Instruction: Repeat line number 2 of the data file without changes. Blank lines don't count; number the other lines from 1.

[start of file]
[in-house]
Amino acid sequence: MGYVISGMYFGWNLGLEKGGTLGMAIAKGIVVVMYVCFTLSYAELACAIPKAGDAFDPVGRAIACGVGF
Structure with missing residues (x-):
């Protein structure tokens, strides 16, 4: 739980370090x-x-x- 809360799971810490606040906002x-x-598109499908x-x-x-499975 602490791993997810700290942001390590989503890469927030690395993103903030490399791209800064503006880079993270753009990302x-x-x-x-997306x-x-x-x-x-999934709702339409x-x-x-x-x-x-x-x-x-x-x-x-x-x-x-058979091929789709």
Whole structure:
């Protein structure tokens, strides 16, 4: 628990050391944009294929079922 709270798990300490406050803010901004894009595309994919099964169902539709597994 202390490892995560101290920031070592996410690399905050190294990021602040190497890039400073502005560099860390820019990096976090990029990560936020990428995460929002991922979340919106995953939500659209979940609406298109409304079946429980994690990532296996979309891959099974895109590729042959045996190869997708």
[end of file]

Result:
Amino acid sequence: MGYVISGMYFGWNLGLEKGGTLGMAIAKGIVVVMYVCFTLSYAELACAIPKAGDAFDPVGRAIACGVGF